# Generate a Pseudo Vandermonde matrix of the Legendre polynomial and x, y floating array of points in Python

PythonNumpyServer Side ProgrammingProgramming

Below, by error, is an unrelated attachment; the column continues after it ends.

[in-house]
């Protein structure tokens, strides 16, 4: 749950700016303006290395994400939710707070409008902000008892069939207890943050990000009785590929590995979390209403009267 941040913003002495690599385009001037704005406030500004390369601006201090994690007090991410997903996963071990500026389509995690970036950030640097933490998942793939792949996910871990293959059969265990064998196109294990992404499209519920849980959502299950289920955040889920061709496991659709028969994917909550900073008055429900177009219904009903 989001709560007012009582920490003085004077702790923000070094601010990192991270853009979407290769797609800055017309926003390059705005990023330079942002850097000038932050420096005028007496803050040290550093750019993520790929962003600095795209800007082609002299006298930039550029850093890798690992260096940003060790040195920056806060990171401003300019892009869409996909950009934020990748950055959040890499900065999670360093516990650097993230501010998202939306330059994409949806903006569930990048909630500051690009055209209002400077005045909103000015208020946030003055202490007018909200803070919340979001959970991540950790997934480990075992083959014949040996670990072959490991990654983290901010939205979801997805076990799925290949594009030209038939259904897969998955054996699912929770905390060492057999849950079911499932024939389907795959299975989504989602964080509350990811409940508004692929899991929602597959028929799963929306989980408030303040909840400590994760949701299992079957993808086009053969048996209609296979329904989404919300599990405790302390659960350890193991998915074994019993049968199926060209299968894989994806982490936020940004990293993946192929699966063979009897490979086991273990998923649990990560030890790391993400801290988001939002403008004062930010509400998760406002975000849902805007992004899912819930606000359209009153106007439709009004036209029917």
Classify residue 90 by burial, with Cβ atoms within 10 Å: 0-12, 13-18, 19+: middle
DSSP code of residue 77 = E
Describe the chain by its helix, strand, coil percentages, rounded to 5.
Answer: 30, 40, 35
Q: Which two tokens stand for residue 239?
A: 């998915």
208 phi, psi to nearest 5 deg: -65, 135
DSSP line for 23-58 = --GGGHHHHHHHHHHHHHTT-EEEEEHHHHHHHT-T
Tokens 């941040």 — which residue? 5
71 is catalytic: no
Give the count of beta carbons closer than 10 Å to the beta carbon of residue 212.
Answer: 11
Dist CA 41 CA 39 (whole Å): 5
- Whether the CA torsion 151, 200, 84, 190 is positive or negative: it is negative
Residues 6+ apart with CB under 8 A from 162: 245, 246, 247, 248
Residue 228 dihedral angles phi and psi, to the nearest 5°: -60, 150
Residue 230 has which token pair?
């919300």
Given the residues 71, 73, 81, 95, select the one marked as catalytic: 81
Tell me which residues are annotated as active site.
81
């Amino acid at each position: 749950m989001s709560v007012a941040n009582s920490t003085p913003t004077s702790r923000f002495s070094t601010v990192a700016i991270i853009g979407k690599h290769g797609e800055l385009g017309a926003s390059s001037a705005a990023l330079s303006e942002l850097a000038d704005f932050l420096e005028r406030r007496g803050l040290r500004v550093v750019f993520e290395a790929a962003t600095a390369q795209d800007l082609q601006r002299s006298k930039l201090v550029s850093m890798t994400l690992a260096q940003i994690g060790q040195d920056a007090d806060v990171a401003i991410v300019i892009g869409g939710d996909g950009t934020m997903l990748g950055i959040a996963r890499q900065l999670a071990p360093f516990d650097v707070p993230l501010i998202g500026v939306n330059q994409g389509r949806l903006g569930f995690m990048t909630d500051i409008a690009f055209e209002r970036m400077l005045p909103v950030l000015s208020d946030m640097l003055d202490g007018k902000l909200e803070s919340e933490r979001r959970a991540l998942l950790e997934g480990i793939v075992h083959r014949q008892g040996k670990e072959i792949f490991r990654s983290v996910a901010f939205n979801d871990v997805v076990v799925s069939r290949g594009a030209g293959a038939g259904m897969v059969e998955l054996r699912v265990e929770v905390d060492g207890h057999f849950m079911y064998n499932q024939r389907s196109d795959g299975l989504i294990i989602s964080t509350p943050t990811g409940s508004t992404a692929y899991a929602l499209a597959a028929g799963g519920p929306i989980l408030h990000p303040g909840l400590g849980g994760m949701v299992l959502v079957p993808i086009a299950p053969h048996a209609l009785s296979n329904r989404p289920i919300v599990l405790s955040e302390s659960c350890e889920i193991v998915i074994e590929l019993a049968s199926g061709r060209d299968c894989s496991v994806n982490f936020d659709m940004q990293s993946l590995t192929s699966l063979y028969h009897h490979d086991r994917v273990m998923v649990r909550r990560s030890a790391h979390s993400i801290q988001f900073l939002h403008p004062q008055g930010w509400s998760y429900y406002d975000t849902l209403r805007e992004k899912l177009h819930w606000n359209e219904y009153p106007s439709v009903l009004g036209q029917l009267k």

<p>To generate a pseudo Vandermonde matrix of the Legendre polynomial, use the legendre.legvander2d() method in Python Numpy. The method returns the pseudo-Vandermonde matrix. The shape of the returned matrix is x.shape + (deg + 1,), where The last index is the degree of the corresponding Legendre polynomial. The dtype will be the same as the converted x.</p><p>The parameter, x, y is an array of point coordinates, all of the same shape. The dtypes will be converted to either float64 or complex128 depending on whether any of the elements are complex. Scalars are converted to 1-D arrays. The parameter, deg is a list of maximum degrees of the form [x_deg, y_deg].</p><h2>Steps</h2><p>At first, import the required library &minus;</p><pre class="prettyprint notranslate">import numpy as np from numpy.polynomial import legendre as L</pre><p>Create arrays of point coordinates, all of the same shape using the numpy.array() method &minus;</p><pre class="prettyprint notranslate">x = np.array([0.1, 1.4]) y = np.array([1.7, 2.8])</pre><p>Display the arrays &minus;</p><pre class="prettyprint notranslate">print(&quot;Array1... &quot;,x) print(&quot; Array2... &quot;,y)</pre><p>Display the datatype &minus;</p><pre class="prettyprint notranslate">print(&quot; Array1 datatype... &quot;,x.dtype) print(&quot; Array2 datatype... &quot;,y.dtype)</pre><p>Check the Dimensions of both the arrays &minus;</p><pre class="prettyprint notranslate">print(&quot; Dimensions of Array1... &quot;,x.ndim) print(&quot; Dimensions of Array2... &quot;,y.ndim)</pre><p>Check the Shape of both the arrays &minus;</p><pre class="prettyprint notranslate">print(&quot; Shape of Array1... &quot;,x.shape) print(&quot; Shape of Array2... &quot;,y.shape)</pre><p>To generate a pseudo Vandermonde matrix of the Legendre polynomial, use the legendre.legvander2d() method in Python Numpy &minus;</p><pre class="prettyprint notranslate">x_deg, y_deg = 2, 3 print(&quot; Result... &quot;,L.legvander2d(x,y, [x_deg, y_deg]))</pre><h2>Example</h2><pre class="demo-code notranslate language-numpy" data-lang="numpy">import numpy as np from numpy.polynomial import legendre as L # Create arrays of point coordinates, all of the same shape using the numpy.array() method x = np.array([0.1, 1.4]) y = np.array([1.7, 2.8]) # Display the arrays print(&quot;Array1... &quot;,x) print(&quot; Array2... &quot;,y) # Display the datatype print(&quot; Array1 datatype... &quot;,x.dtype) print(&quot; Array2 datatype... &quot;,y.dtype) # Check the Dimensions of both the arrays print(&quot; Dimensions of Array1... &quot;,x.ndim) print(&quot; Dimensions of Array2... &quot;,y.ndim) # Check the Shape of both the arrays print(&quot; Shape of Array1... &quot;,x.shape) print(&quot; Shape of Array2... &quot;,y.shape) # To generate a pseudo Vandermonde matrix of the Legendre polynomial, use the legendre.legvander2d() method in Python Numpy x_deg, y_deg = 2, 3 print(&quot; Result... &quot;,L.legvander2d(x,y, [x_deg, y_deg]))</pre><h2>Output</h2><pre class="result notranslate">Array1... &nbsp; &nbsp;[0.1 1.4] Array2... &nbsp; &nbsp;[1.7 2.8] Array1 datatype... float64 Array2 datatype... float64 Dimensions of Array1... 1 Dimensions of Array2... 1 Shape of Array1... (2,) Shape of Array2... (2,) Result... &nbsp; &nbsp;[[ 1.0000000e+00 1.7000000e+00 3.8350000e+00 9.7325000e+00 1.0000000e-01 1.7000000e-01 3.8350000e-01 9.7325000e-01 -4.8500000e-01 -8.2450000e-01 -1.8599750e+00 -4.7202625e+00] [ 1.0000000e+00 2.8000000e+00 1.1260000e+01 5.0680000e+01 1.4000000e+00 3.9200000e+00 1.5764000e+01 7.0952000e+01 2.4400000e+00 6.8320000e+00 2.7474400e+01 1.2365920e+02]]</pre>